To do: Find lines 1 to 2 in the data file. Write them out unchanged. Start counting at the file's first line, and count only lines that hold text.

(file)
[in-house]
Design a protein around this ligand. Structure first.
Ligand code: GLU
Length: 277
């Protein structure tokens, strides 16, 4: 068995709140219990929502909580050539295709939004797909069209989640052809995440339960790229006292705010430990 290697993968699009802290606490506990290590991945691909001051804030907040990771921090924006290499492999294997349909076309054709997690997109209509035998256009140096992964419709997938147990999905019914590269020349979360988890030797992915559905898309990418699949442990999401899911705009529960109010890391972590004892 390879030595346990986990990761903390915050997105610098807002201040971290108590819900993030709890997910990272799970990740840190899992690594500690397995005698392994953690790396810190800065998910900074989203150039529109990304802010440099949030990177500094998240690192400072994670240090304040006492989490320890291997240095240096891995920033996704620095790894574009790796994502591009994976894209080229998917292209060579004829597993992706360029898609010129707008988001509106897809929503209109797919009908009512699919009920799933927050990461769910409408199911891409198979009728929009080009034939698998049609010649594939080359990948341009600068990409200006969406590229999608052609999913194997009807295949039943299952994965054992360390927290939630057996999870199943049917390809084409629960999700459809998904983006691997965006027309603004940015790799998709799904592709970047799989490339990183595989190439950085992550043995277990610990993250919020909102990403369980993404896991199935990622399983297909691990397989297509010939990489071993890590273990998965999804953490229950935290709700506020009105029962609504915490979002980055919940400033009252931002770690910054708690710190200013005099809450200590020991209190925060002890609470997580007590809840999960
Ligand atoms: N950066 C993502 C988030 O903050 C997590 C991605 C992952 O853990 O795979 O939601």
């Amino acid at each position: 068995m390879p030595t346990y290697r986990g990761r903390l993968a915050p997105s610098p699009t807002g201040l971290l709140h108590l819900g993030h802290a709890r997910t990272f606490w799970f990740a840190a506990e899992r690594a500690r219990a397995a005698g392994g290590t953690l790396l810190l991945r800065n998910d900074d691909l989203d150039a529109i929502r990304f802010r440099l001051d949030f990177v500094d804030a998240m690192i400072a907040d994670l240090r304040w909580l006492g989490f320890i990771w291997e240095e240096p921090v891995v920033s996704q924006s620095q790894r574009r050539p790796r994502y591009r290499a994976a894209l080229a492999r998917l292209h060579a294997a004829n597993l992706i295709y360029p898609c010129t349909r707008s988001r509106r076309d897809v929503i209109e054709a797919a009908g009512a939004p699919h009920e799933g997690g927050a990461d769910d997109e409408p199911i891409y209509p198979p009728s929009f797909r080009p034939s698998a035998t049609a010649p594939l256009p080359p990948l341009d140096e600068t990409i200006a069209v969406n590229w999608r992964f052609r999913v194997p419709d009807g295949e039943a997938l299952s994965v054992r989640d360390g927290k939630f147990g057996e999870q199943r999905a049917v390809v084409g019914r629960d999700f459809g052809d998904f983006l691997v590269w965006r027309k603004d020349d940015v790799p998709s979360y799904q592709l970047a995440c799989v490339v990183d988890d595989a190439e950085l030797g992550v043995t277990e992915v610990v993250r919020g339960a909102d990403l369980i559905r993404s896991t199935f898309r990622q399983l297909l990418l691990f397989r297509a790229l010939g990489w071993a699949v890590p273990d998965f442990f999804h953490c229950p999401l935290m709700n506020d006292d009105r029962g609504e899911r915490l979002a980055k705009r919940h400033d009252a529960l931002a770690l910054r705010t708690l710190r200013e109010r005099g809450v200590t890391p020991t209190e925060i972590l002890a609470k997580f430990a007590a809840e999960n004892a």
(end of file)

[in-house]
Design a protein around this ligand. Structure first.